The number of prospective students from across the EU applying to study at universities in Tayside and Fife has held steady in the wake of the Brexit vote, new figures show.
Data obtained by The Courier shows a slight increase in applications from people living in other member states at both Abertay and St Andrews universities.
A total of 984 people had applied to the Fife institution as of 15 October in 2016, up 1.3% from the same time last year.
Abertay had increased by 33%, but on a much lower scale — up to 27 from 18 in 2015.
These figures relate to a 2017/18 year of entry.
Dundee University refused to release this year’s figures, citing concerns over prejudicing commercial interests, but The Courier did obtain figures which showed 3,298 EU students applied last year and 3,106 applied the year before.
North East Fife MSP Willie Rennie said he believed the figures showed students were trying to get into Scotland before the ramifications of Brexit were properly felt.
He said: “It could be that EU students are keen to get into Scotland’s universities before the door slams shut with Brexit.
“There is little doubt that Brexit will be bad for world class universities on three fronts: European students, European staff and European research grants.
“It’s why Britain deserves a referendum on the Brexit deal so we can avoid the severe pending problems that are coming with exit from the EU.”
Ross Thomson MSP, a Conservative North East representative who backed the leave campaign, added: “It is interesting to see the numbers of EU students looking to study in Scotland is increasing, which is something that should be welcomed. Highlighting, as I argued during the EU referendum, that Scottish institutions are world class and will always continue to attract students from across Europe and the rest of the world.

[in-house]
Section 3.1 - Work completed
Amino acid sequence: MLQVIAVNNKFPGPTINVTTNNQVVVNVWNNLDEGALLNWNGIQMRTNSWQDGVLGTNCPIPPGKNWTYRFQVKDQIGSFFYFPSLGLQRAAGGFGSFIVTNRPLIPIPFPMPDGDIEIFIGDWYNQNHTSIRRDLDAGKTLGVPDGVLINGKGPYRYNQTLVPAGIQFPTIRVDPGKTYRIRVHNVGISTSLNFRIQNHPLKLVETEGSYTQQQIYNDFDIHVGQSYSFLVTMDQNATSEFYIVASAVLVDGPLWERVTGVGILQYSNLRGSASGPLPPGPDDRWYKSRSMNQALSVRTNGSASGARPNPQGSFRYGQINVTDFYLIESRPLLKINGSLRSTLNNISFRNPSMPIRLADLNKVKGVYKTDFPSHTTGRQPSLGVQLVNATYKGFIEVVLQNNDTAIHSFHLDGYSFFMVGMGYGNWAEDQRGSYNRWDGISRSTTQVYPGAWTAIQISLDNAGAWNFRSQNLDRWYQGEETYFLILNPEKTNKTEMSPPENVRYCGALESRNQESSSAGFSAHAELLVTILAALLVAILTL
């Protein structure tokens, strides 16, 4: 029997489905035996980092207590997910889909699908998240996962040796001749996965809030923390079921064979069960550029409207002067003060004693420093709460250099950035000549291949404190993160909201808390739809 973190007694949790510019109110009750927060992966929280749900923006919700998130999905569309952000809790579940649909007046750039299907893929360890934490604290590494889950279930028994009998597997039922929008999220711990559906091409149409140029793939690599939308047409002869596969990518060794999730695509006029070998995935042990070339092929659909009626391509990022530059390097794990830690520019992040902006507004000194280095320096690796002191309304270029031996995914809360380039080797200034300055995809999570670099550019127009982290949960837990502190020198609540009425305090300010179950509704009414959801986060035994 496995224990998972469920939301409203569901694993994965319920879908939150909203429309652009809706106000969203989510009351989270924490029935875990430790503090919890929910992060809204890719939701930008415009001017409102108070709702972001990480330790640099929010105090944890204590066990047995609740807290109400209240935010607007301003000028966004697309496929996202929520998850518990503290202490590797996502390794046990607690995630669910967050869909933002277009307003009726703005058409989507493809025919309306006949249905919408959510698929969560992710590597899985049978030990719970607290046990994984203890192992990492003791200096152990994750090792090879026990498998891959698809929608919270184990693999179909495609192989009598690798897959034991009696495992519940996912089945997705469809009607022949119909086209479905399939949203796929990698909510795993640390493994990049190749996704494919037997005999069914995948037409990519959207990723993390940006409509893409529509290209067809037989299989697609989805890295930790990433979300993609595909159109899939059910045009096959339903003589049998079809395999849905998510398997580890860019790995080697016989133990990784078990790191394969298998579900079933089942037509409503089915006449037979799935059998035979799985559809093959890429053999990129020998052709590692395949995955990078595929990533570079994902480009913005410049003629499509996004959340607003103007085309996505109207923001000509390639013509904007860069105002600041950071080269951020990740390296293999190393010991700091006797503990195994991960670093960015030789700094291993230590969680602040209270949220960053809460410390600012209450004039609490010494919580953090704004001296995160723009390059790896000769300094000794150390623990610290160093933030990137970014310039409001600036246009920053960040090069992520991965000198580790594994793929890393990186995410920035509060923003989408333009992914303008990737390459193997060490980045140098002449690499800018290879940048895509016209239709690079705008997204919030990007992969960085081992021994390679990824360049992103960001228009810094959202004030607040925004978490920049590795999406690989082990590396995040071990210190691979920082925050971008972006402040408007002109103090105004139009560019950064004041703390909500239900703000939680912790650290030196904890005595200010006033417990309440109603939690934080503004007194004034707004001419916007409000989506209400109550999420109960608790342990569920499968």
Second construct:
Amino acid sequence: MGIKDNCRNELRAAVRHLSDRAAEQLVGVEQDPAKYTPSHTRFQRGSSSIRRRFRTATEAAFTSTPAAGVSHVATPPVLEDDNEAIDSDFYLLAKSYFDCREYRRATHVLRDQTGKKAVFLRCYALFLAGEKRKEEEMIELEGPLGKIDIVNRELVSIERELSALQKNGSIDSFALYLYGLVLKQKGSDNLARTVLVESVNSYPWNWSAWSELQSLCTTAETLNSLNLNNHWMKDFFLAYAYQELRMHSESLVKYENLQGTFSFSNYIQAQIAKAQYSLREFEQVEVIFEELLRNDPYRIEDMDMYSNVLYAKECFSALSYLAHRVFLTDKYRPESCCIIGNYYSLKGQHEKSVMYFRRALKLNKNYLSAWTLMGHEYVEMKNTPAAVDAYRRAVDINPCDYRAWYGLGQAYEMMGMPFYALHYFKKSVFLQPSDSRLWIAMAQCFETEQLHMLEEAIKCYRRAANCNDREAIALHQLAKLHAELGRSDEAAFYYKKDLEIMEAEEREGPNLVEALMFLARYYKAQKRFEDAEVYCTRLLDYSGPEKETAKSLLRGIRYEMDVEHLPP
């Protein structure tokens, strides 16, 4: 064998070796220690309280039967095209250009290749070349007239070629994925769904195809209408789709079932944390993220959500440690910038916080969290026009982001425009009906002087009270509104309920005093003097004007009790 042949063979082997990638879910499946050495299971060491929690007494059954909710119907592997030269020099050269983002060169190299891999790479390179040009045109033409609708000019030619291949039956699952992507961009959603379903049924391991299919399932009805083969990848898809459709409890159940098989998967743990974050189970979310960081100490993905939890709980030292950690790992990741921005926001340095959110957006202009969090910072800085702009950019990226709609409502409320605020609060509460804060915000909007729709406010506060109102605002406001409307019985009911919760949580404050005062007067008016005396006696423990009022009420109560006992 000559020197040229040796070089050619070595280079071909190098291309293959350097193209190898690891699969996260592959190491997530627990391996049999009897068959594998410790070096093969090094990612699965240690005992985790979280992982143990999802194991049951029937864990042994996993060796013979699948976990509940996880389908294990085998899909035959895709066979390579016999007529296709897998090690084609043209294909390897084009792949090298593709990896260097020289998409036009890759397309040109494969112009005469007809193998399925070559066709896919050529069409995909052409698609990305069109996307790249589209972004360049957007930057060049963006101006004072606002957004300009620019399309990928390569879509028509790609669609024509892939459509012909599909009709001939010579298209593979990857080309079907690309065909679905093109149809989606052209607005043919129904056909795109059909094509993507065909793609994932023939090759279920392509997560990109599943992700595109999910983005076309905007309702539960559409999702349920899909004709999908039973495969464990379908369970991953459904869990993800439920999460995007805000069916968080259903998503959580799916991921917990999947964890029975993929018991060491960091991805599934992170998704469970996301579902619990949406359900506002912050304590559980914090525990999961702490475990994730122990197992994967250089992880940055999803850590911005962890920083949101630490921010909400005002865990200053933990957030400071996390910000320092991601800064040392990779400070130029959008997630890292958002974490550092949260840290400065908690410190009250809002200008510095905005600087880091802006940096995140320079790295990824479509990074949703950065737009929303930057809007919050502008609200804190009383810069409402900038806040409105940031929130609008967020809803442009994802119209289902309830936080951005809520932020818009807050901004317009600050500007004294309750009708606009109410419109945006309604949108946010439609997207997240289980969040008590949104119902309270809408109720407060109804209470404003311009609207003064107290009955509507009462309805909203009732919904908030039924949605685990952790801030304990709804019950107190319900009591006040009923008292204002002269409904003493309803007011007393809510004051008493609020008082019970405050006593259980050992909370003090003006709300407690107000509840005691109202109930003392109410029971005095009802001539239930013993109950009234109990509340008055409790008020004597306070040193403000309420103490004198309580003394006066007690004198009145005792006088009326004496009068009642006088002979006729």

“However, the SNP Government cannot continue to bury its head in the sand and ignore the financial problems that our higher education institutions are facing.
“We already charge students from England to study here. It is perhaps time to consider charging EU students as well if the SNP wants to maintain free tuition for Scots.”
Stephen Gethins, MP for North East Fife and SNP spokesperson on Europe added: “The University of St Andrews like those in Dundee and elsewhere in Scotland remain some of the best options for students anywhere in the world.
“I want to see students and staff who contribute so much financially and socially to be able to continue to enjoy the benefits that so many have had from our EU membership.
“The University of St Andrews benefits from 12% of its students and a quarter of its research funding coming from the EU so it is understandable there remains concern that the UK Government’s plans to take us out of the EU is creating unnecessary uncertainty.”
Dundee University principal Sir Pete Downes has previously told The Courier he fears a so-called brain drain because of the EU referendum result.
Across Courier Country, 58.8% of votes cast were in favour of remaining in the EU, compared to 41.2% against, in the June 23 poll.
The Scottish result was 62% to 38% in favour of remain.